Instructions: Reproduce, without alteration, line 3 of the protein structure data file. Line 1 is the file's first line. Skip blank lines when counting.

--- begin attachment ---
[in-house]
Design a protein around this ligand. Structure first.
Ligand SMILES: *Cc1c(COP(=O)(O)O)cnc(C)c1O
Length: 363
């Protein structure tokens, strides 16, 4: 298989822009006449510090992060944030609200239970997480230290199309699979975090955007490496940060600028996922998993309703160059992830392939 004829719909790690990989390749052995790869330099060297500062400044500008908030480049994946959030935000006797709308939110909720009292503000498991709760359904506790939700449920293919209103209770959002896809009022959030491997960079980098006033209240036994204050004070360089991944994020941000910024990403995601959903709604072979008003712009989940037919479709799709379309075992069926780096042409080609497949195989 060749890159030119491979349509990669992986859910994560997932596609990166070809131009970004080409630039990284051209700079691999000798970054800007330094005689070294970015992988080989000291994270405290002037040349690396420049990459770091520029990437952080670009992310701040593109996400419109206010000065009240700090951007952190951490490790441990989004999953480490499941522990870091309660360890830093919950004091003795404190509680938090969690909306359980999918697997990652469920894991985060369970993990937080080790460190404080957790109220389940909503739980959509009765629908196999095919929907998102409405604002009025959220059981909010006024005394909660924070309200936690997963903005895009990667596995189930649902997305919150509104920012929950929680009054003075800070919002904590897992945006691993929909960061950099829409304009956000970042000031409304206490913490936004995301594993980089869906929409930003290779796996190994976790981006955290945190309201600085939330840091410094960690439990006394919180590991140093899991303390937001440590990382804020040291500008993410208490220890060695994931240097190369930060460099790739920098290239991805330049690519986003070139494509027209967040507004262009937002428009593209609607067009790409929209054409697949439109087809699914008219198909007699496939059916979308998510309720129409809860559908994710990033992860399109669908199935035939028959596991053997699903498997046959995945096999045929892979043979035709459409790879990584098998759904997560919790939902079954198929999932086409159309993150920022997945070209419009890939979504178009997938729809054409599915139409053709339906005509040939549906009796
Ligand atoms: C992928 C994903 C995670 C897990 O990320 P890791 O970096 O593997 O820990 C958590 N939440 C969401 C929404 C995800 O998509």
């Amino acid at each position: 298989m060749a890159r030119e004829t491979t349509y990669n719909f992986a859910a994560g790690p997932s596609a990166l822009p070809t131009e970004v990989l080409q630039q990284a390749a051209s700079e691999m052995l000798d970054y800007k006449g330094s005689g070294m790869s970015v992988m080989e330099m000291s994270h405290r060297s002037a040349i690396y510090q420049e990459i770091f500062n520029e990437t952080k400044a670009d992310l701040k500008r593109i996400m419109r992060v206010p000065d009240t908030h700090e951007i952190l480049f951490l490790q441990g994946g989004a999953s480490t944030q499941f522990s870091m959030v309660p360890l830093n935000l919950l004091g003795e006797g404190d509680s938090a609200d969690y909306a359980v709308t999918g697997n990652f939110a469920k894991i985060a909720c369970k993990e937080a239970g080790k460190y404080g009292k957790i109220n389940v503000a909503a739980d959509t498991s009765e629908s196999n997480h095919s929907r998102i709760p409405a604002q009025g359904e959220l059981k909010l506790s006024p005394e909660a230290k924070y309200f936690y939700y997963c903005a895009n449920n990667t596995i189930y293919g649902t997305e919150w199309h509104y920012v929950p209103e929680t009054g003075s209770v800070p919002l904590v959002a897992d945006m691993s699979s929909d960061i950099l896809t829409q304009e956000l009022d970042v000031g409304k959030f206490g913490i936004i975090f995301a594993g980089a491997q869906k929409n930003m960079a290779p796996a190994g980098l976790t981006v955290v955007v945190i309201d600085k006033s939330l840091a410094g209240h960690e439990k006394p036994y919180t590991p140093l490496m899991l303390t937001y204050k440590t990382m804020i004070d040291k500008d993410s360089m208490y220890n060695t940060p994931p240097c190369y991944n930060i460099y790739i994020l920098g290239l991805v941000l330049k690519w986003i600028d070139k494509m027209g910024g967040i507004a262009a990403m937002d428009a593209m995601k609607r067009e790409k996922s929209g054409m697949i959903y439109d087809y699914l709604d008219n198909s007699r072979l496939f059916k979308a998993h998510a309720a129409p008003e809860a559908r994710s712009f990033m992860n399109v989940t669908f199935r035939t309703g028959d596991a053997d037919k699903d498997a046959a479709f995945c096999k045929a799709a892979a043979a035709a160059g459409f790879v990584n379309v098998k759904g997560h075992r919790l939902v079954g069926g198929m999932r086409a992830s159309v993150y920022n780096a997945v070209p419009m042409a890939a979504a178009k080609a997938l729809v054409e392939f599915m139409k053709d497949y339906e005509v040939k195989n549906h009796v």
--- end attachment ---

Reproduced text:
Ligand SMILES: *Cc1c(COP(=O)(O)O)cnc(C)c1O